More Thelonious Monk
More Vintage Hot Stamper Pressings on Columbia
- An incredible 360 label pressing of It’s Monk’s Time, with Shootout Winning Triple Plus (A+++) sound or very close to it throughout
- The piano is clear with a solid bottom end — we’re crazy for that sound, and Columbia knew exactly how to give it to us on these vintage pressings
- 5 stars: “contains some of the best — if not arguably the best — studio sides that the pianist cut during his final years as a recording musician…”
There are three main elements that comprise the sound of a top quality It’s Monk’s Time: piano, sax and drums. You need all three to be balanced and correct. The mix is perfection on the best copies, with the piano, sax and drums clearly audible and in musically correct proportion to each other.
As we played the sides we noted how each of them fared.
- PIANO. Clear, present and lively. Very high-rez.
- SAX. Smooth, rich and tubey, with no RVG squawk to be found.
- DRUMS (and BASS). Big drums in a big room. Listen to how solid that kick is. The standup bass is tight and note-like.
On the top copies, this is a truly superb sounding Thelonious Monk album. We can thank the brilliant Columbia engineers for their service to one of the authentic geniuses of jazz.
And if you own the Speakers Corner Heavy Vinyl reissue, please buy this copy and hear what you’ve been missing.
What The Best Sides Of It’s Monk’s Time Have To Offer Is Not Hard To Hear
- The biggest, most immediate staging in the largest acoustic space
- The most Tubey Magic, without which you have almost nothing. CDs give you clean and clear. Only the best vintage vinyl pressings offer the kind of Tubey Magic that was on the tapes in 1964
- Tight, note-like, rich, full-bodied bass, with the correct amount of weight down low
- Natural tonality in the midrange — with all the instruments having the correct timbre
- Transparency and resolution, critical to hearing into the three-dimensional studio space
No doubt there’s more but we hope that should do for now. Playing the record is the only way to hear all of the qualities we discuss above, and playing the best pressings against a pile of other copies under rigorously controlled conditions is the only way to find a pressing that sounds as good as this one does.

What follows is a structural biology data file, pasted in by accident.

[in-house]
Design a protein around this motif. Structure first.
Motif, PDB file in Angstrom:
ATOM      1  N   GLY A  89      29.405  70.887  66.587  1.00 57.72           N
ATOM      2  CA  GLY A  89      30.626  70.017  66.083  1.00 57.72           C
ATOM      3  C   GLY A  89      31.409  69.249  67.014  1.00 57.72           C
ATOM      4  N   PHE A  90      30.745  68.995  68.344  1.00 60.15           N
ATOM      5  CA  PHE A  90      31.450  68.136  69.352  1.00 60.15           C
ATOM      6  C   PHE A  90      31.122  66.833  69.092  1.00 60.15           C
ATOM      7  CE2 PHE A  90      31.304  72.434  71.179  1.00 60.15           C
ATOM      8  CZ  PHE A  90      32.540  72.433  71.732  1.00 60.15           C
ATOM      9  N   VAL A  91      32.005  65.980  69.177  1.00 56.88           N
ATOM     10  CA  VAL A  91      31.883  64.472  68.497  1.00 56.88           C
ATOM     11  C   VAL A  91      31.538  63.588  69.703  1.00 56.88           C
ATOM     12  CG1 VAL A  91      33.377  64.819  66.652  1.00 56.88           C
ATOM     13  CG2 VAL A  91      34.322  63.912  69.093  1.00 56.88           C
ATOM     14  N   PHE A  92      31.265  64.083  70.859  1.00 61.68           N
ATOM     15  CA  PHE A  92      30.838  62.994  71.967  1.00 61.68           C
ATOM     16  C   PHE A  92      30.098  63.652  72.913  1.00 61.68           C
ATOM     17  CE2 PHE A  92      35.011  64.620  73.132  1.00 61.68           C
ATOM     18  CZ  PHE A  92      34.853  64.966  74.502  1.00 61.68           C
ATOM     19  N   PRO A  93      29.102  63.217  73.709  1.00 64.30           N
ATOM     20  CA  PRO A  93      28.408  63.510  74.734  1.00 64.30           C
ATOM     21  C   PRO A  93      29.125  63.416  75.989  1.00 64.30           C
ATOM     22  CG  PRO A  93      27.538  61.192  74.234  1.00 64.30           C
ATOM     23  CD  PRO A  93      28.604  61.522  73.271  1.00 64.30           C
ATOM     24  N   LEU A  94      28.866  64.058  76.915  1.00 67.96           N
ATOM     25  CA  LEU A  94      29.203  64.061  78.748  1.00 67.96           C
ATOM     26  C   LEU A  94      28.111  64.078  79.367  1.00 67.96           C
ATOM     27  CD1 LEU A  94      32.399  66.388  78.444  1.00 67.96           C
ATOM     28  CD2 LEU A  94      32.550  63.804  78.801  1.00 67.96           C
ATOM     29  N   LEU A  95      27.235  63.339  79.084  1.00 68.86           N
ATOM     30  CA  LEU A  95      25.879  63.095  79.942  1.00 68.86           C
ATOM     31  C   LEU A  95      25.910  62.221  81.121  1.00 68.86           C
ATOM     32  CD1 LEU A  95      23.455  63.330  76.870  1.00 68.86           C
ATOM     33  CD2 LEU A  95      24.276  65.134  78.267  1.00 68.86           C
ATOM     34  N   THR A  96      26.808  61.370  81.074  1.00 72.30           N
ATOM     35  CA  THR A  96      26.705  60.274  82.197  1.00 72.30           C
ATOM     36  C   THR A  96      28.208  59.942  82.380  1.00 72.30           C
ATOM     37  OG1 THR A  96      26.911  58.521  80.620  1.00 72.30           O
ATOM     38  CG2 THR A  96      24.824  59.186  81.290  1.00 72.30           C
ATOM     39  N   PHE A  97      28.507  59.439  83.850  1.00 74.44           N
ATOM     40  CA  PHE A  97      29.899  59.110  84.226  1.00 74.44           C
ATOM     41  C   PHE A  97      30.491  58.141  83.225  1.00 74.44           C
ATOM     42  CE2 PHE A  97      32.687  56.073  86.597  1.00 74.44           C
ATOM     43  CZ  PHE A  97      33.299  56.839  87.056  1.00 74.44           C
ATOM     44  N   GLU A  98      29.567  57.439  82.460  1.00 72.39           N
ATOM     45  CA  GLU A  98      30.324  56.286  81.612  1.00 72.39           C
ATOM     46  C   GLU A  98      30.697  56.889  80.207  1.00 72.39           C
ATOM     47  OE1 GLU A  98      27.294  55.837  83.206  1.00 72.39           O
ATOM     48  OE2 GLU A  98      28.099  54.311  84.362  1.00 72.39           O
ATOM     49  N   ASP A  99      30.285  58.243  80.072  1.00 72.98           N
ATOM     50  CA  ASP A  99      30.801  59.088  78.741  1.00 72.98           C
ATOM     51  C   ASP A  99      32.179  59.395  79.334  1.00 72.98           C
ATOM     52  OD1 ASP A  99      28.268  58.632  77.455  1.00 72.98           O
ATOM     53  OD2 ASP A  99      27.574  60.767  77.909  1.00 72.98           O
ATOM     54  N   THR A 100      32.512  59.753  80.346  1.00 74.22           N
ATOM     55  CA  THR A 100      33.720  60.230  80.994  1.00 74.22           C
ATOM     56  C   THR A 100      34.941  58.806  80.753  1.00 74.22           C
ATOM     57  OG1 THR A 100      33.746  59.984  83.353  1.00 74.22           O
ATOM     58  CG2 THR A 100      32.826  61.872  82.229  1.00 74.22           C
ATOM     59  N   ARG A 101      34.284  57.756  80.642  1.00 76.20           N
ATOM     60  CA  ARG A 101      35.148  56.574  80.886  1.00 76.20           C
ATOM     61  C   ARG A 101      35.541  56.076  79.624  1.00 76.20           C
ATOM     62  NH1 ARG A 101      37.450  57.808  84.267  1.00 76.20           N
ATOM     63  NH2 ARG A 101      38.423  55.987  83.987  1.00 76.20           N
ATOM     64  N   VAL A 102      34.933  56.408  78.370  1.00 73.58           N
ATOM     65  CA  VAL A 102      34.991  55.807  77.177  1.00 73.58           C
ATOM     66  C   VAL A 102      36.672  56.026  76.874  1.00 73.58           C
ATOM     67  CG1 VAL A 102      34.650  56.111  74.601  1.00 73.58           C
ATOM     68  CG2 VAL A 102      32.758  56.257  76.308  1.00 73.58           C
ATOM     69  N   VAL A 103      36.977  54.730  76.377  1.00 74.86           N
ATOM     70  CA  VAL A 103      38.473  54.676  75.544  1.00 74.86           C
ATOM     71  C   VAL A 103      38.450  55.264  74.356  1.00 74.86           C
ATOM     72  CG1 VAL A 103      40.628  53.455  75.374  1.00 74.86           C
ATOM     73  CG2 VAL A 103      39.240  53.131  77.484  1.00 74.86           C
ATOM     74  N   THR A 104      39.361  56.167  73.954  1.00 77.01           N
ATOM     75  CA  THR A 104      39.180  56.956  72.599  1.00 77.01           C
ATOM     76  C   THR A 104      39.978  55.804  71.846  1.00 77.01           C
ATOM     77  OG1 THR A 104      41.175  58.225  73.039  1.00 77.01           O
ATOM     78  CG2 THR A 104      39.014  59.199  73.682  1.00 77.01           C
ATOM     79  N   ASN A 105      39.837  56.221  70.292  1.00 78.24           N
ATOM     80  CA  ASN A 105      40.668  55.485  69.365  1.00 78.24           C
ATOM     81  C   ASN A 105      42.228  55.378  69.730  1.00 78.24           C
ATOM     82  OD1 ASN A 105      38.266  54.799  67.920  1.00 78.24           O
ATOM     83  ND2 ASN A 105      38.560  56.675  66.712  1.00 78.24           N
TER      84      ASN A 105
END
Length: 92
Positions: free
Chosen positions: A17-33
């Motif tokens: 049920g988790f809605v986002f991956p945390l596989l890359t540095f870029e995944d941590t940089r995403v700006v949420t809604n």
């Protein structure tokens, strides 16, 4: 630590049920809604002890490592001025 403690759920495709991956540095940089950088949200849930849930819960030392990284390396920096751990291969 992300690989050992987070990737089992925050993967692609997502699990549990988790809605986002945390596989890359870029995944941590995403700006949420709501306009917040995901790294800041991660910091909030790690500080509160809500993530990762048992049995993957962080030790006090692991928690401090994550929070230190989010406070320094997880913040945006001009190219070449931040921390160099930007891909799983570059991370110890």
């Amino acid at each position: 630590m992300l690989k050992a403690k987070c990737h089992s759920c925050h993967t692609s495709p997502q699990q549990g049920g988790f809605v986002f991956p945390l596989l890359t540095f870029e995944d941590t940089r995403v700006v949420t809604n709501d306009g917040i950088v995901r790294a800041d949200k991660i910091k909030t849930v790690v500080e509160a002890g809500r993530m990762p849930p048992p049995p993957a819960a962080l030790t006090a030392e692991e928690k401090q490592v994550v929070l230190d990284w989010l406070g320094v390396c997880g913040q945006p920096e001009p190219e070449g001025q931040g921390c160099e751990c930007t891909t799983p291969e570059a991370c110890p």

What We’re Listening For on It’s Monk’s Time
- Energy for starters. What could be more important than the life of the music?
- The Big Sound comes next — wall to wall, lots of depth, huge space, three-dimensionality, all that sort of thing.
- Then transient information — fast, clear, sharp attacks, not the smear and thickness so common to these LPs.
- Tight punchy bass — which ties in with good transient information, also the issue of frequency extension further down.
- Next: transparency — the quality that allows you to hear deep into the soundfield, showing you the space and air around all the instruments.
- Extend the top and bottom and voila, you have The Real Thing — an honest to goodness Hot Stamper.
Mint Minus Minus is about as quiet as any vintage pressing will play, and since only the right vintage pressings have any hope of sounding good on this album, that will most often be the playing condition of the copies we sell. (The copies that are even a bit noisier get listed on the site are seriously reduced prices or traded back in to the local record stores we shop at.)
Those of you looking for quiet vinyl will have to settle for the sound of other pressings and Heavy Vinyl reissues, purchased elsewhere of course as we have no interest in selling records that don’t have the vintage analog magic of these wonderful recordings.
If you want to make the trade-off between bad sound and quiet surfaces with whatever Heavy Vinyl pressing might be available, well, that’s certainly your prerogative, but we can’t imagine losing what’s good about this music — the size, the energy, the presence, the clarity, the weight — just to hear it with less background noise.